Don't Ask. Don't Tell.

Let me tell you, be better than me. Don't ever ask your three year old what they know about what you do/provide. They have no clue and they don't care. Selfish little fuckers!

Having just come off a week of family vacation - and as the person responsible for packing everyone's shit and therefore being responsible for unpacking - in the throws of frustration of putting so much stuff away, I asked my son, "Reece, do you know who brought all of your favorite things to be the beach?" I held my breath, hoping to hear him reply with a loud and grateful "Mommy!" but instead all I got was "The car." Technically, he's right that the car brought his stuff to the beach and perhaps I should be proud, but I was furious.  Determined to make a point, I entered a conversation that I can't now forget. And it's ruined me.

"Reece, it was mommy who packed all of your favorite things for the beach. Wasn't that nice?"
"Mommy, want to go outside?"
He has no interest in this conversation.

"Reece, do you know who packs your lunch for camp?"
"No."
Dagger to the heart as I think about how stressed I get each morning as I try to create lunches that will make him so happy that he'll exclaim at the lunch table "I love this! Mommy packed all my favorite things!"  I now realize that the lunch table conversation probably sounds more like, "I saw a trash truck today."

It;s a humbling reminder that what a three year old cares about is exactly what my son asked me about when I tried talking to him. He wants to play. He wants to spend time with me and do things with me. There's no concept of why and how, just who and where. Something I need to learn and value. My measure of myself as a mother is all about how I care for my kids; that they always feel safe and loved. But I realize that what Reece measures is time spent together.

So next time, the question I ask will be "Who played with you today?" For that, surely he'll say "Mommy!" right? Or he'll say, "Let's go watch a show." So I've got that going for me.

Humph!


Tuesday, June 17, 2014

The Mind of the Baby Sister

I love my brother.
He’s so silly.
Ouch. Why does he hug me so tight?
I think he wants to kill me.
Now he’s being nice.
Oh, there’s mommy. A witness.
I want his toys.
Why does he want my toys?
When will I be able to play with toys?
I want to eat his toys.
I want to eat the carpet.
I think I want to lick the floor.
I licked the floor.
Why doesn’t anyone care that I’m licking the floor?
He took my toys.
I’m going to cry.
VICTORY! Mommy picked me up.
She had to put down her wine.
She loves me.
Whoops, I threw up.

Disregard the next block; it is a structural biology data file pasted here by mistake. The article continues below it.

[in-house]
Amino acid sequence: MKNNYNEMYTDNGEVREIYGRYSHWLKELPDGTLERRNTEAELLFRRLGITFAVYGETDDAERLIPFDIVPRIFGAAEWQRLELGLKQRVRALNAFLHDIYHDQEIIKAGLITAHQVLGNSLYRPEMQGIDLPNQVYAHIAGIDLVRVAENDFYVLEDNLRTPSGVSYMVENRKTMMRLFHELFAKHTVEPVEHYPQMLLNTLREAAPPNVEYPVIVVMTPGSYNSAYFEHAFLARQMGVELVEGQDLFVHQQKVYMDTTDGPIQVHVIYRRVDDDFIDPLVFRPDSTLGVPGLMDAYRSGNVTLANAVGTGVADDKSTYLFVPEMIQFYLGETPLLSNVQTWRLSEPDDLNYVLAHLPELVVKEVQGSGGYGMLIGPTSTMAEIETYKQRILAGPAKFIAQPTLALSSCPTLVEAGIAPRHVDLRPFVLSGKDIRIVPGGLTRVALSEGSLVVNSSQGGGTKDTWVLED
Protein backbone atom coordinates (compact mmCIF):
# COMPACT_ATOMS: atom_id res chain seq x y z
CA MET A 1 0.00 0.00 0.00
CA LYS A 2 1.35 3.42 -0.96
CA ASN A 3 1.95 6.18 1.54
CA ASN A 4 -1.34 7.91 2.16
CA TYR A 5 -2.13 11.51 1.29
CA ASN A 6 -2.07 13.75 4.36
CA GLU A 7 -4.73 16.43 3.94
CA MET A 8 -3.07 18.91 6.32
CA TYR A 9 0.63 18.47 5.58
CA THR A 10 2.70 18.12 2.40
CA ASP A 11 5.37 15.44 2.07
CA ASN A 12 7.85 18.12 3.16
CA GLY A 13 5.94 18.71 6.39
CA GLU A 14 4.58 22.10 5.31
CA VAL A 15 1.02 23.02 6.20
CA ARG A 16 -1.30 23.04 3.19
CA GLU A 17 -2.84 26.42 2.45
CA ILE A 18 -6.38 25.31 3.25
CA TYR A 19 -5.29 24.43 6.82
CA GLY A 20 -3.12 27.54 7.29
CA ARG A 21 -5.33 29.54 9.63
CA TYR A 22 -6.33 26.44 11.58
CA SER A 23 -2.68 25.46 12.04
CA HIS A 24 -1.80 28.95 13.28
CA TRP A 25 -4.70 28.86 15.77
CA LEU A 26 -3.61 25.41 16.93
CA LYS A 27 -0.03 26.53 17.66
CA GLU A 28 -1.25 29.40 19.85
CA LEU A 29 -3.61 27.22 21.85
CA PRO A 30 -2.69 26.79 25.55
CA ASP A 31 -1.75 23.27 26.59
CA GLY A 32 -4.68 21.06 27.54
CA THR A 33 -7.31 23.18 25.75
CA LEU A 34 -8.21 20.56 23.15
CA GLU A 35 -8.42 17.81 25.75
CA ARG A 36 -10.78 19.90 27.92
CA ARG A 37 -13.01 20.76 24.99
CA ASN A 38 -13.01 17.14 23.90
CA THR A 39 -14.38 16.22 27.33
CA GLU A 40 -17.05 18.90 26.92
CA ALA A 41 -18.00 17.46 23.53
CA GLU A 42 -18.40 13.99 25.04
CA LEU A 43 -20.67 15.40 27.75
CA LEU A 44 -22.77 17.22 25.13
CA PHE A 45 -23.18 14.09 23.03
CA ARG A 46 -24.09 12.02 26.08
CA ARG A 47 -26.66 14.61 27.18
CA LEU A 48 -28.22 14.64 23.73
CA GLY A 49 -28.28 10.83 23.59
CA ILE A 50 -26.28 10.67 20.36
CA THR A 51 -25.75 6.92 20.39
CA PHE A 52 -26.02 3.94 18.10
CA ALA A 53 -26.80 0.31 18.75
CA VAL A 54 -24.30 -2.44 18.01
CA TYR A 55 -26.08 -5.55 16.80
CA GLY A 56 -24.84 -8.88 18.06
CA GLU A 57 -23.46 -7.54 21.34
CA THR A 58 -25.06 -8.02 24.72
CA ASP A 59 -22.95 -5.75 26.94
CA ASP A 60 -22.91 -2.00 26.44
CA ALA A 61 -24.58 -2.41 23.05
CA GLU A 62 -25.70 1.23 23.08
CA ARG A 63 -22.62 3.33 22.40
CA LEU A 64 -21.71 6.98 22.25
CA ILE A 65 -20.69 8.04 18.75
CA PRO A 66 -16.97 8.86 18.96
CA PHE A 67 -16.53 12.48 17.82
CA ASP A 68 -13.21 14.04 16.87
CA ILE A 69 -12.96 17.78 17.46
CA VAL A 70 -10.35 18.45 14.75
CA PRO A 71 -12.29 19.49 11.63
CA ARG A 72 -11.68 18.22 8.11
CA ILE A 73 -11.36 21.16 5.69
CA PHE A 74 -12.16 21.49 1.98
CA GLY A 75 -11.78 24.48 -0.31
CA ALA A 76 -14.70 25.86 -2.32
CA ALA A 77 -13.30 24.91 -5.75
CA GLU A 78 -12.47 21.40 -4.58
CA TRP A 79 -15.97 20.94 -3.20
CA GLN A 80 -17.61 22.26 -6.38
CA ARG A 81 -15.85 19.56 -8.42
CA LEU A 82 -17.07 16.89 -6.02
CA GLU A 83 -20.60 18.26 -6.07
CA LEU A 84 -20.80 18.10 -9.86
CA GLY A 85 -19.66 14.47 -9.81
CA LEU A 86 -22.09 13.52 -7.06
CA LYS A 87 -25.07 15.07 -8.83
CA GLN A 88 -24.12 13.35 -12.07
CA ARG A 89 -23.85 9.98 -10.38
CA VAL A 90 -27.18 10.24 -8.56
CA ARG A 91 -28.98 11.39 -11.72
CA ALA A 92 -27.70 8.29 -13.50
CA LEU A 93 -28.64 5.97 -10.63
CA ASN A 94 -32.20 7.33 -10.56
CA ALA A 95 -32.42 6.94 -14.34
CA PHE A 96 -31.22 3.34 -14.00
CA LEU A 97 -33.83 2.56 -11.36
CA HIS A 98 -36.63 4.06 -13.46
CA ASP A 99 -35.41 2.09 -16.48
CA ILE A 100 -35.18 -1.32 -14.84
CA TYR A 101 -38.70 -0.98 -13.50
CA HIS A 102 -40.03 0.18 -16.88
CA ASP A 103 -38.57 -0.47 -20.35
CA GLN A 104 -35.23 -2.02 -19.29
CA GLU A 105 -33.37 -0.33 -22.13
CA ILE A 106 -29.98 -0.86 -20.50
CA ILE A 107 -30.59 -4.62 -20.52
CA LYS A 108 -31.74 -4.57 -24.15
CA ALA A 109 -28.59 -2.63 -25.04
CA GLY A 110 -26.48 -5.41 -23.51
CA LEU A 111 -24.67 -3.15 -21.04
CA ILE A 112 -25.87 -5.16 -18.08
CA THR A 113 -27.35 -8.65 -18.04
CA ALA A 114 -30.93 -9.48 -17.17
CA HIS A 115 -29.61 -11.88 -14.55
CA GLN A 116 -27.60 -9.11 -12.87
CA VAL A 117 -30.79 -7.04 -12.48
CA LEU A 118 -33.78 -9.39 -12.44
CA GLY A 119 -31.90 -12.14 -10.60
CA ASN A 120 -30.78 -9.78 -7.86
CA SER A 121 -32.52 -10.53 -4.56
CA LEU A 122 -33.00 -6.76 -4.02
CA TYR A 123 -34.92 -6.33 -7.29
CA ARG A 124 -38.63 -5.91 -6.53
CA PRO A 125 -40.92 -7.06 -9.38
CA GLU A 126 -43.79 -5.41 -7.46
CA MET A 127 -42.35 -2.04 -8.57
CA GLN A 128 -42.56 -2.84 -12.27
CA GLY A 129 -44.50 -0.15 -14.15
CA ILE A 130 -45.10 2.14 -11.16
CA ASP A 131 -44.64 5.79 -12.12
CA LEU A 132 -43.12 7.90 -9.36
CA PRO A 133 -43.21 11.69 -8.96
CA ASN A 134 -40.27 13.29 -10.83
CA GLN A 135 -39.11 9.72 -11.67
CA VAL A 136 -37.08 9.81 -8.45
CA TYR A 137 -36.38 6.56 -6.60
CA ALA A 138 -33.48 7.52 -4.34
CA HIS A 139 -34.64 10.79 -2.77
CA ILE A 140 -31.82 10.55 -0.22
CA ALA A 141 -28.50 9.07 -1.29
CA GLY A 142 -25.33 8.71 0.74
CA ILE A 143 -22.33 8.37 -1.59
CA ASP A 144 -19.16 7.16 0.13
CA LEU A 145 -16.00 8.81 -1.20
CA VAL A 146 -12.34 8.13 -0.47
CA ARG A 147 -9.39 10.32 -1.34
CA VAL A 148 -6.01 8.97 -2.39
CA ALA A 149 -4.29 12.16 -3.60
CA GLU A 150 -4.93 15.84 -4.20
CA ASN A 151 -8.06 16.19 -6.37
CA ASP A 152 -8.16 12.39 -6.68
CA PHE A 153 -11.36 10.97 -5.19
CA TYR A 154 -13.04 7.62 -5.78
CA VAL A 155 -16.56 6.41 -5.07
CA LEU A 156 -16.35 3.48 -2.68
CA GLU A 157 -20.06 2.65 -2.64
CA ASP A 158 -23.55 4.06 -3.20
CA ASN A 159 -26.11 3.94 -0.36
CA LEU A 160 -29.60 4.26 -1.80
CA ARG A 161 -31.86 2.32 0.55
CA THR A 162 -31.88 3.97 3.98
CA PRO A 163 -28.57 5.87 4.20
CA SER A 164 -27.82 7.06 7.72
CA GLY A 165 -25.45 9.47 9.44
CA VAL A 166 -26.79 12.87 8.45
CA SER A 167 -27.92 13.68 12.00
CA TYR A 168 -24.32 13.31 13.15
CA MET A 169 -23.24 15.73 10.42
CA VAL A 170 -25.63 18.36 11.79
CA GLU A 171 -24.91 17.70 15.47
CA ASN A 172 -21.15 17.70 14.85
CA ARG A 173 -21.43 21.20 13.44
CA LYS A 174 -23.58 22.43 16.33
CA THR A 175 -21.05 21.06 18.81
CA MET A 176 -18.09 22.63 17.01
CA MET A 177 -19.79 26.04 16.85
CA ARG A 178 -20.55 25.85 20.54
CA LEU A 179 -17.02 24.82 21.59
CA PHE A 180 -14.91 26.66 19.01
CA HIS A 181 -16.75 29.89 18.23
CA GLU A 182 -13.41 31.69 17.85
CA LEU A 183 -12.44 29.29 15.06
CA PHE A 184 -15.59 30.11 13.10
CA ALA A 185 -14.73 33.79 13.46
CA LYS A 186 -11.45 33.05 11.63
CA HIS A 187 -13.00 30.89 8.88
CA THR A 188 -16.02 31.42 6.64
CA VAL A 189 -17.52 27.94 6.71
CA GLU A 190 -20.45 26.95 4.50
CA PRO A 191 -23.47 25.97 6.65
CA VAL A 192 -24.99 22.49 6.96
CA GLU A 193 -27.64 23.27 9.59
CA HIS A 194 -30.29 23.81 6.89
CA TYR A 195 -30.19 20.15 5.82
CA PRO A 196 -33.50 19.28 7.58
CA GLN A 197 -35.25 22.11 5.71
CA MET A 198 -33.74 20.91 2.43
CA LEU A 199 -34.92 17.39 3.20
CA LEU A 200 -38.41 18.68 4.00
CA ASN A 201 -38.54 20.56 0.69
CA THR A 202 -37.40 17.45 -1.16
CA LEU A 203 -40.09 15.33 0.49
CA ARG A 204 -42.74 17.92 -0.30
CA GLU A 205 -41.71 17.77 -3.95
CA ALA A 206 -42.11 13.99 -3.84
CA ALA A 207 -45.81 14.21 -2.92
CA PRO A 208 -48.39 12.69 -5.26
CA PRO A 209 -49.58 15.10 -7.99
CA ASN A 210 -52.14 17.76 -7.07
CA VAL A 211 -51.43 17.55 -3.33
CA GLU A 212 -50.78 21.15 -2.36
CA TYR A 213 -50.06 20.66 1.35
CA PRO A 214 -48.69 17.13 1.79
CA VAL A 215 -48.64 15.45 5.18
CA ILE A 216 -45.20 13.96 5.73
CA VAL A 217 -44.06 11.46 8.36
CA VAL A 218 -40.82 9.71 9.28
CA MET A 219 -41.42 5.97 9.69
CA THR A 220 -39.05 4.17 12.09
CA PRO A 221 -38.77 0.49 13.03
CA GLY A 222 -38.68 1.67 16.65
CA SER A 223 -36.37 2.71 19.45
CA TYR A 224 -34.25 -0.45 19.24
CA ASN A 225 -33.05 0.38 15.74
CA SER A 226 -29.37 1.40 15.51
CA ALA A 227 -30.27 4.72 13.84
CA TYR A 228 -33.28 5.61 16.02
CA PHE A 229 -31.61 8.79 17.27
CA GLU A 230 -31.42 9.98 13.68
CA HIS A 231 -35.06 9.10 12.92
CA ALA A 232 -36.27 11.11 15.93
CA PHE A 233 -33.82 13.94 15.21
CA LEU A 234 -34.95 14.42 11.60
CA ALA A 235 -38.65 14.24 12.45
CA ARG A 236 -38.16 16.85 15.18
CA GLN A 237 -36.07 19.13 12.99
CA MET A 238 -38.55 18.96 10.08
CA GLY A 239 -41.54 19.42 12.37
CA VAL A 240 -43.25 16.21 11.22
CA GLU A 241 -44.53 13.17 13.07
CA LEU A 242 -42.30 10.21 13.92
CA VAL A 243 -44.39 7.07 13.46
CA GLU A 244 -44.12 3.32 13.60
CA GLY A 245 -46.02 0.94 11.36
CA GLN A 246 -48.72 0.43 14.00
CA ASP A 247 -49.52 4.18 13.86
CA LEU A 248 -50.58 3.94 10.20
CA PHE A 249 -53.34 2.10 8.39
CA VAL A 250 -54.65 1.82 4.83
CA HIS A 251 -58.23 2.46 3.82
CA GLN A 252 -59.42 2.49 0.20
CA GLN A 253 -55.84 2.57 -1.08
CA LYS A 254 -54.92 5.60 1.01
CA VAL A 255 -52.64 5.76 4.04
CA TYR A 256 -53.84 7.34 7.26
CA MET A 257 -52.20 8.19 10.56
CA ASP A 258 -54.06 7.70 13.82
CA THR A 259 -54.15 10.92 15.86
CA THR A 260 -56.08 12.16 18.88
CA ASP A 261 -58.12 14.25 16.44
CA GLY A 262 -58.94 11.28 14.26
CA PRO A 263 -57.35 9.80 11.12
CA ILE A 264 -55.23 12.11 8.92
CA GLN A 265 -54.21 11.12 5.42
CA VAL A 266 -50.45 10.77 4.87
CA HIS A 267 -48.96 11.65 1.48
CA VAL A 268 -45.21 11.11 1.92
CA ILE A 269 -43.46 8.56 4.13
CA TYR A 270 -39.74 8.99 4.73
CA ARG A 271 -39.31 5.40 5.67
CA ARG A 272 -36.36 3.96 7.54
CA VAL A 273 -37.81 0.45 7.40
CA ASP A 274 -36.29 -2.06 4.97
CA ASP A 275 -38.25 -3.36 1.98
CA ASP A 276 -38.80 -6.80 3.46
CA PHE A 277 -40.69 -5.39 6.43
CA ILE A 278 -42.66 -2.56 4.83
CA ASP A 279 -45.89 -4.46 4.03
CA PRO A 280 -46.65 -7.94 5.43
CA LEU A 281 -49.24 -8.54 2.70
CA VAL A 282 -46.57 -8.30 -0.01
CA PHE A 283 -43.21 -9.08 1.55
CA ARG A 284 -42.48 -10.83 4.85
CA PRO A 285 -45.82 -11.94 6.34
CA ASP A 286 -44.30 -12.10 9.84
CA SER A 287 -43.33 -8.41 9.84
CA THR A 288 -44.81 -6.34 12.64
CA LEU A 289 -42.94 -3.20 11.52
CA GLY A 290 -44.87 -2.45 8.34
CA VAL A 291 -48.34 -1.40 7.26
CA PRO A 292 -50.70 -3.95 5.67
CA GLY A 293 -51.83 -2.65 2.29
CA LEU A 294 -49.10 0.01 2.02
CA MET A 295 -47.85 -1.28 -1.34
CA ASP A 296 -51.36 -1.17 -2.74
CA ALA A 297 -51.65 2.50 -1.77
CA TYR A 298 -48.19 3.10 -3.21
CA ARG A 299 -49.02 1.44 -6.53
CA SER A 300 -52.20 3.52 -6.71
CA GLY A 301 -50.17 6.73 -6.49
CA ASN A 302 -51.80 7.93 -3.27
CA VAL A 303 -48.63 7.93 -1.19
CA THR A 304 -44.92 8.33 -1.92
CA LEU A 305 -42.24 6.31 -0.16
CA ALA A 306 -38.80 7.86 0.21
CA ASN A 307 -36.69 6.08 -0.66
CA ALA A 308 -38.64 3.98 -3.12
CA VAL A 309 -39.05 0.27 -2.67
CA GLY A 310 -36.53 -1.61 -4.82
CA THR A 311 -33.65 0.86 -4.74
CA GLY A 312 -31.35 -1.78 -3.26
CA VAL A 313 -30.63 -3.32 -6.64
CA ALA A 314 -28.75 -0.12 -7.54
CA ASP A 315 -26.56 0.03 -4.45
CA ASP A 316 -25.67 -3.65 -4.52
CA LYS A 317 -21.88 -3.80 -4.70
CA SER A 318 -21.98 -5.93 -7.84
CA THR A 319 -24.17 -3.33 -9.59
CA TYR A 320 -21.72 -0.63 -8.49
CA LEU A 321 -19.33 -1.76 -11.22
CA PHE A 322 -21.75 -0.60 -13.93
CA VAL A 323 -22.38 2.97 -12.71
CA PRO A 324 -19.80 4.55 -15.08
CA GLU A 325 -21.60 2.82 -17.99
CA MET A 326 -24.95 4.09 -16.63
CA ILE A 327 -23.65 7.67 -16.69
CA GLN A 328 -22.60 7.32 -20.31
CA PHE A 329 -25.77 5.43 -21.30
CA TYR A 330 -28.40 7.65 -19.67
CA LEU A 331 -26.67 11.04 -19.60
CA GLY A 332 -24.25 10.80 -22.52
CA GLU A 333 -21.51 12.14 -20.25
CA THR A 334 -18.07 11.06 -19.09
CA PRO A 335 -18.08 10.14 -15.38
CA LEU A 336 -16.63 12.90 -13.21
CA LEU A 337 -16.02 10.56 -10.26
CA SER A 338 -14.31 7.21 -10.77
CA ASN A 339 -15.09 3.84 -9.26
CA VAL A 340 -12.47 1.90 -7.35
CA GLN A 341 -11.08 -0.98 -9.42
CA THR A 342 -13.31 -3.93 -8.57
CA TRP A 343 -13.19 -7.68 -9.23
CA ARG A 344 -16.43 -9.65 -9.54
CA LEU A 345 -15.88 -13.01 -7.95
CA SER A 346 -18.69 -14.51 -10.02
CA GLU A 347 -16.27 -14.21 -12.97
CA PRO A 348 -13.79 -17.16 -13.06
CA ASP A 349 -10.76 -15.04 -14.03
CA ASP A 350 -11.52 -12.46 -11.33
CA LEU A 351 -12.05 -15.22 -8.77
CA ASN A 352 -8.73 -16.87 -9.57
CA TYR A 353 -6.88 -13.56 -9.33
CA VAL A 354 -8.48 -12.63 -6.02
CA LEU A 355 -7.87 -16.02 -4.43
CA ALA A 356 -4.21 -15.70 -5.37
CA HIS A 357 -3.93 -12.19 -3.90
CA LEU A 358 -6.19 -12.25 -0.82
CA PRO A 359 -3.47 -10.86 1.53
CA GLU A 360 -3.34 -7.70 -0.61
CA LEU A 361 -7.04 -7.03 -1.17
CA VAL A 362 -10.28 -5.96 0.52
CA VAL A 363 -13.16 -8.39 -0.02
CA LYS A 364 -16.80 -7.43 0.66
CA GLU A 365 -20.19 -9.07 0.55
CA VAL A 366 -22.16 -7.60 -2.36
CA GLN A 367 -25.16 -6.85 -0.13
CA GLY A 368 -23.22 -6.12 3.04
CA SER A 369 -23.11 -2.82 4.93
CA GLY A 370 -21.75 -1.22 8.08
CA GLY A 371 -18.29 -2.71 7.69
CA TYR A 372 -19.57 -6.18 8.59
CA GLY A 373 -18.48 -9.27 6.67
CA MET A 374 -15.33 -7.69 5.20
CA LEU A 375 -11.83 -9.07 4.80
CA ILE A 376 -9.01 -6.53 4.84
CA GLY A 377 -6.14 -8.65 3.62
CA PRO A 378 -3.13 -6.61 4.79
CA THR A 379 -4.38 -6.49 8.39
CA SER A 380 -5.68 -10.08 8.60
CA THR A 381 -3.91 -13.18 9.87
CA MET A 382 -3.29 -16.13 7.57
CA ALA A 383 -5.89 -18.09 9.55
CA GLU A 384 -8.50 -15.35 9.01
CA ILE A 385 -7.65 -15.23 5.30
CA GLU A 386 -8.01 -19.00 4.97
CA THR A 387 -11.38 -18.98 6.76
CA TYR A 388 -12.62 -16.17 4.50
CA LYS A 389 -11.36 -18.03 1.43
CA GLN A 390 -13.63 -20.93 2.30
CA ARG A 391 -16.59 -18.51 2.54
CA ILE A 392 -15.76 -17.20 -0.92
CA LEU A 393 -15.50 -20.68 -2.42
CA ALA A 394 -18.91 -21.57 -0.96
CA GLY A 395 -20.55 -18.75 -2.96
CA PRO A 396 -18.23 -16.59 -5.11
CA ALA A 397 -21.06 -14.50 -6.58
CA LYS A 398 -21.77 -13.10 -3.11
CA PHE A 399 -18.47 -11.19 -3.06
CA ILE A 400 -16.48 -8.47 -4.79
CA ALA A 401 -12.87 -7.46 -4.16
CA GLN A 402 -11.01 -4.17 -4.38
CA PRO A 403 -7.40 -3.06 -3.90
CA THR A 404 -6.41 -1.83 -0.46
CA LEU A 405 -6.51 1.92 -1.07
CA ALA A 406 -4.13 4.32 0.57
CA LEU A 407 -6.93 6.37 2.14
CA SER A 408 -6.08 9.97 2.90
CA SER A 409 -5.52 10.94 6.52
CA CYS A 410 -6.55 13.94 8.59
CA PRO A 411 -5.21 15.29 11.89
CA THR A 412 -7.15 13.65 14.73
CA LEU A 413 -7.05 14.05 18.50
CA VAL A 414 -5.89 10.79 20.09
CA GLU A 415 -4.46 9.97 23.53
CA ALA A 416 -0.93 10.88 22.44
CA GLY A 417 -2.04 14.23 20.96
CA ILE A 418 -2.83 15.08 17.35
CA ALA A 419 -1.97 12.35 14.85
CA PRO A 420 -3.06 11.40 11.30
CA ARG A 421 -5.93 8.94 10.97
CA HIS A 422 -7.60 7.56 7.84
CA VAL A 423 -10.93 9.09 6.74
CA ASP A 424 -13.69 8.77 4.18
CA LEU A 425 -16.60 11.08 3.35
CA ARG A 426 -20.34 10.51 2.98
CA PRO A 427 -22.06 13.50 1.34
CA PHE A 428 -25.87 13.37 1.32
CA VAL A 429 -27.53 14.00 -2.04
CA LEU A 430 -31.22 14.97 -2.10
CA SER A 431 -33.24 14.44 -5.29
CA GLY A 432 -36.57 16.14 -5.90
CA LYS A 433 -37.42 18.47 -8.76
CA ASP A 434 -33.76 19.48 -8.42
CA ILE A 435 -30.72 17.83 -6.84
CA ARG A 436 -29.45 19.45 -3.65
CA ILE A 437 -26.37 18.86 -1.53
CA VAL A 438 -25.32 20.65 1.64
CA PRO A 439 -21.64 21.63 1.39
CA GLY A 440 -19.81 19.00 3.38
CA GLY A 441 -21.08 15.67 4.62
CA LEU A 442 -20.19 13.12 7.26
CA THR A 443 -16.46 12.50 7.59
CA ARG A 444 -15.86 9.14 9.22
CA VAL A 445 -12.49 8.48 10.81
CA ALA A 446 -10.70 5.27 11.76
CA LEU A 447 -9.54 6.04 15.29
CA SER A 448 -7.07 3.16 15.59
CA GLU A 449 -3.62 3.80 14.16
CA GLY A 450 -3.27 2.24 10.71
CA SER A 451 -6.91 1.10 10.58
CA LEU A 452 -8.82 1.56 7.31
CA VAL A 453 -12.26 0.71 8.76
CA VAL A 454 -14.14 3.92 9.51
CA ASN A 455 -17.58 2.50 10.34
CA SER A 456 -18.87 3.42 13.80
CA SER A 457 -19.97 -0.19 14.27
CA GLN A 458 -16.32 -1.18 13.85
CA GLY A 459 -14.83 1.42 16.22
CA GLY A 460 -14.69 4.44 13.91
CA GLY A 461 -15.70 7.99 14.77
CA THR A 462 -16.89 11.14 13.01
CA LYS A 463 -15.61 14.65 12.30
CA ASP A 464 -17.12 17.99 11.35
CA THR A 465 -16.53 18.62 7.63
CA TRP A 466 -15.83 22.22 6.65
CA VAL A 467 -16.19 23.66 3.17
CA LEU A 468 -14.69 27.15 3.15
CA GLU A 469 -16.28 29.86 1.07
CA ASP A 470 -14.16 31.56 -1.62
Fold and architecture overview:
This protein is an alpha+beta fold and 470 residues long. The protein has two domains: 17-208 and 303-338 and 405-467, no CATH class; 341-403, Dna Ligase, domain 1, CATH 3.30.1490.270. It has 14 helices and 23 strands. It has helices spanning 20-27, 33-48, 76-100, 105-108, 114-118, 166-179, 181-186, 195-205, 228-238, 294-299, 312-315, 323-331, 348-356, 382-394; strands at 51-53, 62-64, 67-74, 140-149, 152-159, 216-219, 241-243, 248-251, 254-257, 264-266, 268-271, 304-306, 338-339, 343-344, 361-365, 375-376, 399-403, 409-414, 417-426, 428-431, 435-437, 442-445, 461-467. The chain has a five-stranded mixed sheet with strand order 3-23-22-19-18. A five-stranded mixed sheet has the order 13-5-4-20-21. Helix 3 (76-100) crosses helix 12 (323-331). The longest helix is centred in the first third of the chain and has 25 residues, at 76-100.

That didn't bother me at all.
Mommy will change my clothes, right?
I have to poop.
I will do that right after she changes my outfit,
And then I will throw up again.
I need to put something in my mouth.
I’ll eat my toes.
Why are my toes so far from my face?
I hate reaching for them.
Where's my brother?
Ouch! He threw a toy at me.
I hate him.
I love him.
I wanted that toy anyway.
I'm going to eat that toy.
I pooped.

And repeat.

Tuesday, March 18, 2014

If Toddler's Ruled the World.

If toddler's ruled the world, it would be a much simpler place.

A place where fights and wars ended with two words. I'm sorry.

A place where polution would never be an issue because NOTHING is trash. Everything is a treasure.

A place where we wouldn't use so many plastic water bottles a year that we could circle the earth so many times because once you have your favorite sippy cup, that's all you would ever use.

A place where every animal would be adored. Trust me. There are kids who love rats and pigeons.

A place where beauty wouldn't be a consideration for children don't judge appearnces.

A place where any house that has a toy, cup, ball, train, hose, doll or pet would be just the right size.  It wouldn't matter how big or small or fancy.

A place where sadness would end with the promise of a "special treat."

A place where people shared their belongings so everyone would always have something.

A place where pain would be alleviated with kisses and band-aids.

A place where chicken nuggets were a staple of one's diet.

A place where medicine only came in cherry, grape and bubble gum flavors.

A place where naps would be mandatory. And if you couldn't sleep, you would be required to at least rest in cozy jammies for an hour.

Now granted, this would also be a place where people pee and poop in their pants.

A place where anger would be expressed by stomping one's feet and then crumbling to the ground and laying there. Face down.

A place where tiny sober people would wander the streets aimlessly like little drunks.

As I piece this all together, it's quite clear that 3 year olds have a better base on fundamental principles of how the world should work than those who actually lead it.  Where's that kid president when you need him?